Kay, Brian. Paternoster Press.
How does one combine the gains of the so-called “Western” doctrine of God with the demands of spirituality and relating to the divine persons? How do we avoid collapsing the unity into a pantheistic oneness (ala Meister Eckhardt)? It is John Owen’s genius, so argues Kay, that we maintain the gains of the Western doctrine while simultaneously relating to the three persons.
Kay hints at his conclusion but doesn’t fully develop it at this point: instead of “narrative theology,” which while helpful in capturing the dynamic movement of revelation, negates any need for space-time fulfillment. Rather, we should follow the drama of the Covenant (Kay 38). Contra Nietzsche, a robust covenantal reading of Scripture means our “values” aren’t timelessly Platonic, but eschatologically appropriate (40).
For Owen there is an order of the divine communication: the Father’s love is the fountainhead, person and mediation of the Son is the substance, and the Holy Spirit infuses light et al (69).
And now Kay comes to the heart of the problem–given the West’s emphasis on the unity of the divine works ad extra, how do we account for issues like the Father’s speaking to the Son (John 12:23) and larger issues like the Covenant of Redemption? I think throughout the book Kay hints at an answer: the drama of the divine covenants structures our language of the works ad extra, and so this isn’t a problem.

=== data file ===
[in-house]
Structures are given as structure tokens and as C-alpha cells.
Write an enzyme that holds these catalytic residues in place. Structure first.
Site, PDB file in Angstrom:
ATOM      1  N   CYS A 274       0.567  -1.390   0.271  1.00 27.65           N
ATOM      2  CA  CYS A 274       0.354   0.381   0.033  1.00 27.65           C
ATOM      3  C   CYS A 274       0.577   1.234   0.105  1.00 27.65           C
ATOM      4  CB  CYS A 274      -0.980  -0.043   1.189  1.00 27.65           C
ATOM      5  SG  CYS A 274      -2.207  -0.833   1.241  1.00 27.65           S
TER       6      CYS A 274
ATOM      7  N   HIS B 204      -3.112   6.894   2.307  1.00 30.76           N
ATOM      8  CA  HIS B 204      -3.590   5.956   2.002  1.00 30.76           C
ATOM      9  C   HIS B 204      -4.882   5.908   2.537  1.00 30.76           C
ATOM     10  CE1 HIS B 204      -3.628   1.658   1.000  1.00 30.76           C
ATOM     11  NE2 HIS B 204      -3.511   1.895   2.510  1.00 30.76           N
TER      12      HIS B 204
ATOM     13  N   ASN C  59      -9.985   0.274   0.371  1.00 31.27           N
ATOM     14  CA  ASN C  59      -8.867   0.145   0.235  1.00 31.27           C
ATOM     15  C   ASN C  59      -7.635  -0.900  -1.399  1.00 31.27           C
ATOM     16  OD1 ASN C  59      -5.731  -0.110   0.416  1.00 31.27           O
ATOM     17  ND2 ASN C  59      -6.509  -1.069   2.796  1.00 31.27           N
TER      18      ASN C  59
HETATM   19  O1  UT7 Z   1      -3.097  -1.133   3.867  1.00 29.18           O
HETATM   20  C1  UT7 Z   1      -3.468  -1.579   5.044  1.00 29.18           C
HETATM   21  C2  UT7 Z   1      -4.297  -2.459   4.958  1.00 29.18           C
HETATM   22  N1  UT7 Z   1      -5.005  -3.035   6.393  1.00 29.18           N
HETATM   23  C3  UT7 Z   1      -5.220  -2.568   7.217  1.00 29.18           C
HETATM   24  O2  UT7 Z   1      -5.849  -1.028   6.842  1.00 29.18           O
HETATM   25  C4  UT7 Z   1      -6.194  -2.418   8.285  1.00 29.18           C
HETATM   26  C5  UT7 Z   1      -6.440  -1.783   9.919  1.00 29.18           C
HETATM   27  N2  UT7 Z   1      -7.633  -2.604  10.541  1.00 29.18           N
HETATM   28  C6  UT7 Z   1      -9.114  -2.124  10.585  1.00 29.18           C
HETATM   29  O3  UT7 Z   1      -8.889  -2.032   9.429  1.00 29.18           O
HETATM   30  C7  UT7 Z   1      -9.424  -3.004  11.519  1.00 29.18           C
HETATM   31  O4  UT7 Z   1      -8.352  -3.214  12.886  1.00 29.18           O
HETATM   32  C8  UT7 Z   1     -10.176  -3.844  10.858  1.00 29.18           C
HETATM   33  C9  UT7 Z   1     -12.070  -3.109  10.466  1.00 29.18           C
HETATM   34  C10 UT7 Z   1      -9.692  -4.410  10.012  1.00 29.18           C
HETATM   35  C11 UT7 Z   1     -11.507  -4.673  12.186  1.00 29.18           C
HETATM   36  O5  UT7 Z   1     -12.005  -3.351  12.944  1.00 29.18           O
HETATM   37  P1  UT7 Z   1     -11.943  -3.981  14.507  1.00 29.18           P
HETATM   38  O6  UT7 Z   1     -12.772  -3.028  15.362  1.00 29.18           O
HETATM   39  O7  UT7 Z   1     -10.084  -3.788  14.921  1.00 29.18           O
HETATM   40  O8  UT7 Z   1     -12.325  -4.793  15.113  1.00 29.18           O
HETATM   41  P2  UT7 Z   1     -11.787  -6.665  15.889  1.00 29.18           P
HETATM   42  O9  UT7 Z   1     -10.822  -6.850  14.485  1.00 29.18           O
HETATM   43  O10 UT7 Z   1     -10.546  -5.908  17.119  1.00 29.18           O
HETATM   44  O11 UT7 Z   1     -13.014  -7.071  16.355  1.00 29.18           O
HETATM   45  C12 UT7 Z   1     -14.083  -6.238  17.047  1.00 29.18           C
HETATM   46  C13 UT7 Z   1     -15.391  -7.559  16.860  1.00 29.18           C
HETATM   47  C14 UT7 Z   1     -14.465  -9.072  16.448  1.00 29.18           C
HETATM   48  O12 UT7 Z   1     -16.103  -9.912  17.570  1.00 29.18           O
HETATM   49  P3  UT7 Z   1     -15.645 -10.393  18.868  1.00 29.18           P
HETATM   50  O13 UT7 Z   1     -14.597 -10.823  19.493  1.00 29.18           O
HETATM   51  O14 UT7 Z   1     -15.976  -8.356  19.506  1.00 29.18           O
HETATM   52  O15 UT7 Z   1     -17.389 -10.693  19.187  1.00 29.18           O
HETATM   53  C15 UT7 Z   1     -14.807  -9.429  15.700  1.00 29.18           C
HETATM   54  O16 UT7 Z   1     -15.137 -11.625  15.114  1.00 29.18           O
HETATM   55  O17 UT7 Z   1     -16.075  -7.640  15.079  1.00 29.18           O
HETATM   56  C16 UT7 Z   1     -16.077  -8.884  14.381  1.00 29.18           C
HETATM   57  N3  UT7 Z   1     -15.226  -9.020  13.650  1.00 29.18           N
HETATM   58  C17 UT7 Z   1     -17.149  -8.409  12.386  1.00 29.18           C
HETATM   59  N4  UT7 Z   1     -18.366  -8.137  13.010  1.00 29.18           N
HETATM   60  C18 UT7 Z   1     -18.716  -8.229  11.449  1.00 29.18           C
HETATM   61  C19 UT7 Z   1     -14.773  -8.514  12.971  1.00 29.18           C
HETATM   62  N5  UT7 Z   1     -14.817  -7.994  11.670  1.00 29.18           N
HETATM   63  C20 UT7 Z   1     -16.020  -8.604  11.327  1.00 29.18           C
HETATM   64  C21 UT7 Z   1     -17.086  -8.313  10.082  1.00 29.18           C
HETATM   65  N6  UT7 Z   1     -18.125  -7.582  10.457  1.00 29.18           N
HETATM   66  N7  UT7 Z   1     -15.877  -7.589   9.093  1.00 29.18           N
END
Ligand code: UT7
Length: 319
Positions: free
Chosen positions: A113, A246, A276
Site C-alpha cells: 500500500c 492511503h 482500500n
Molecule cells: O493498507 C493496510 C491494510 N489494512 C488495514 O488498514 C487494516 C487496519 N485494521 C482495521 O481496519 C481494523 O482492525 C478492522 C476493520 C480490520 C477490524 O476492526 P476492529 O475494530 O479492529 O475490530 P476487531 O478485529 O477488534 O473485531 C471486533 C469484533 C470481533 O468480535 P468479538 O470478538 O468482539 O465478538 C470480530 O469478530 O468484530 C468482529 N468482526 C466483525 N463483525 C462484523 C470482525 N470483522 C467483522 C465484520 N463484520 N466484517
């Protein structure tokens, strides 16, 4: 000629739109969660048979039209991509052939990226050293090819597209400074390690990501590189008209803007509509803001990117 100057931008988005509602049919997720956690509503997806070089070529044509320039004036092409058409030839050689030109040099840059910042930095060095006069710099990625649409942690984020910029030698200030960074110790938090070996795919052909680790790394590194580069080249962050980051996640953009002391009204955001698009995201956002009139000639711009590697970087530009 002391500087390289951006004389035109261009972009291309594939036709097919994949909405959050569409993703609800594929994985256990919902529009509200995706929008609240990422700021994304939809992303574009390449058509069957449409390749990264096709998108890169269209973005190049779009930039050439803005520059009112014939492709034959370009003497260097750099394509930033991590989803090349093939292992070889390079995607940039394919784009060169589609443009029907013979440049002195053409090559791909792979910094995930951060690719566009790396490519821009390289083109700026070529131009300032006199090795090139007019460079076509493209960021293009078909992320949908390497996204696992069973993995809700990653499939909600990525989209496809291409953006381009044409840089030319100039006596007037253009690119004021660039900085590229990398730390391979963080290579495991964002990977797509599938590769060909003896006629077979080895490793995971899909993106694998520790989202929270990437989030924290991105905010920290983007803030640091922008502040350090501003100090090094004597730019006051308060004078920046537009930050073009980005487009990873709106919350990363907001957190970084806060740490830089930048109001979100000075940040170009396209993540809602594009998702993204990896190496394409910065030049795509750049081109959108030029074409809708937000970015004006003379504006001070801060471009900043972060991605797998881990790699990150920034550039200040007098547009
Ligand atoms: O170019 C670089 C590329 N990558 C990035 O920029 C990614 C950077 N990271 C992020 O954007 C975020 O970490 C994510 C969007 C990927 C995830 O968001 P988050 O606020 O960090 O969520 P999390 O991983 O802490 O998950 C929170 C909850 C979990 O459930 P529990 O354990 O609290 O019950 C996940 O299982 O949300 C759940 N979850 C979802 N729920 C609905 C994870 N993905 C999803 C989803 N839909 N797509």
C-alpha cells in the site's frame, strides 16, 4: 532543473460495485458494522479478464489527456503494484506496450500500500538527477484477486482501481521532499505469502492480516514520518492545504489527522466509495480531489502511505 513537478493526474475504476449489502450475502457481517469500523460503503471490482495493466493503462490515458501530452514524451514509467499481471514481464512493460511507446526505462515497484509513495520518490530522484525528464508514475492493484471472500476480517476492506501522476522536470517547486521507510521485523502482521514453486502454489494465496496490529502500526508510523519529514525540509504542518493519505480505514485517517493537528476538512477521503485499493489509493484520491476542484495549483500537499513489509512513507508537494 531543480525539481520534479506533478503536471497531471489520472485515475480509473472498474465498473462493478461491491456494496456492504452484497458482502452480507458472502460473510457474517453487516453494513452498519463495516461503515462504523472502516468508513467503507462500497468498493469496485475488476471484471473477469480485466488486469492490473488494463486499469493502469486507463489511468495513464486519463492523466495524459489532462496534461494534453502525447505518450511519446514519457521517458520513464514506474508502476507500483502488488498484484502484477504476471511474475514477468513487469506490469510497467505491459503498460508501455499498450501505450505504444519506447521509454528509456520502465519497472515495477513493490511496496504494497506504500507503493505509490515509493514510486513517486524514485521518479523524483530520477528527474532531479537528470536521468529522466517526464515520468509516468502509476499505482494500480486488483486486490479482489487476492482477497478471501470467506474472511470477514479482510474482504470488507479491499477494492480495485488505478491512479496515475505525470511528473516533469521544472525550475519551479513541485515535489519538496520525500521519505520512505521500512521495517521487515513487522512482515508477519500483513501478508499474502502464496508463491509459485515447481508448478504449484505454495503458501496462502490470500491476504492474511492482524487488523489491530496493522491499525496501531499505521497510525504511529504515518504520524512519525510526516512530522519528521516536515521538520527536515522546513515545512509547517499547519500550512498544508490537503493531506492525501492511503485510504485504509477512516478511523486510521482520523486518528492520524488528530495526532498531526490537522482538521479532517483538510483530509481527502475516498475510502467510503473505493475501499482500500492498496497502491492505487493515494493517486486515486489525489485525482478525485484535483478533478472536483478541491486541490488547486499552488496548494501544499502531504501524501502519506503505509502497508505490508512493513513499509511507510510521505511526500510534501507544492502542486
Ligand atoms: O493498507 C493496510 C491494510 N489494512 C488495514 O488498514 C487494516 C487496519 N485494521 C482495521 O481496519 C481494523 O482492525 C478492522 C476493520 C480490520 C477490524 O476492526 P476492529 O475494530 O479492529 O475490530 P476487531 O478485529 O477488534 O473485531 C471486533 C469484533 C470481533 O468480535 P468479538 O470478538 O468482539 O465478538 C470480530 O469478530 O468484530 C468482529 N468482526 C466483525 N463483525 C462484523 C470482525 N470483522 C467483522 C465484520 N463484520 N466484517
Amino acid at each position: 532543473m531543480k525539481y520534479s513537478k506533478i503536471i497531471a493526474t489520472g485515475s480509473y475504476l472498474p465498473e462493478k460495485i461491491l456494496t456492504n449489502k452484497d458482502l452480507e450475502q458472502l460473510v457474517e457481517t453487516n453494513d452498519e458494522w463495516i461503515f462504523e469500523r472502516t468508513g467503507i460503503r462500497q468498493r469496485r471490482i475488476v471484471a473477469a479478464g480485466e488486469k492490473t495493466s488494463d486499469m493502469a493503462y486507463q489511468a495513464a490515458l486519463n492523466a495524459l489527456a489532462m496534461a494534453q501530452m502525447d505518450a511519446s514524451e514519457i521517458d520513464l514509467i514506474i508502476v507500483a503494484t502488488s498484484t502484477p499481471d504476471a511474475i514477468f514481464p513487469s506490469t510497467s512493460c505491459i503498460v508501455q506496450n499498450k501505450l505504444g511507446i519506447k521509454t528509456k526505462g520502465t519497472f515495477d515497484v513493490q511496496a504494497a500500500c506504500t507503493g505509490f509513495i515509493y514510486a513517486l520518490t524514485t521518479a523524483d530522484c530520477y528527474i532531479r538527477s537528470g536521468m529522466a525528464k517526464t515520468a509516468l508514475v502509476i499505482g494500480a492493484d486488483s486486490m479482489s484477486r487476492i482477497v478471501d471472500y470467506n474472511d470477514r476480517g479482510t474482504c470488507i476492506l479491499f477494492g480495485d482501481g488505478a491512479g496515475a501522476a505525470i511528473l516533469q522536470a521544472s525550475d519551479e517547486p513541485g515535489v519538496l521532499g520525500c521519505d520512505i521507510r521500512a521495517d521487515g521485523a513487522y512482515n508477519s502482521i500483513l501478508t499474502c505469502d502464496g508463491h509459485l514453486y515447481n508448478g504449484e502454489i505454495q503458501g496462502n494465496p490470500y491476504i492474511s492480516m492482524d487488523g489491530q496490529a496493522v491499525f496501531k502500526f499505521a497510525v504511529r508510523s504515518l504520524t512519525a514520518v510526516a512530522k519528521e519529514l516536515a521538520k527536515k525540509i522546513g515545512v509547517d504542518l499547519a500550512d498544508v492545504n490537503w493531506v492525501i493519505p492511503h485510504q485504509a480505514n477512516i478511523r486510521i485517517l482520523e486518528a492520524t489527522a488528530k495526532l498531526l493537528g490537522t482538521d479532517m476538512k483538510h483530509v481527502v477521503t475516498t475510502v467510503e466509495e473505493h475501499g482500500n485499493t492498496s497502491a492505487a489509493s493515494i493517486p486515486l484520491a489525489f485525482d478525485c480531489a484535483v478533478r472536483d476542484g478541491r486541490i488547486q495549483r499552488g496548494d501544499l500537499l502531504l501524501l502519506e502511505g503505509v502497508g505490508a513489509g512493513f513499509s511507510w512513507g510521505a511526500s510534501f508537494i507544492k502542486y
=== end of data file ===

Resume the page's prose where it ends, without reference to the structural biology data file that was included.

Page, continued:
I think this is a tension but not an insurmountable problem. In any case, it shouldn’t detract from Kay’s practical conclusions. Our communion flows from our union. This contrasts with the medievals who reversed the order by placing “union” at the top of a ring of increasing levels of communion (118).
This book is very well-organized and argued. I don’t think Kay solved all of the problems. I would have liked to see more discussion of Barth’s challenge to the Covenant of Redemption. Nonetheless, while his thesis is quite good, it is the side issues that are extremely fascinating.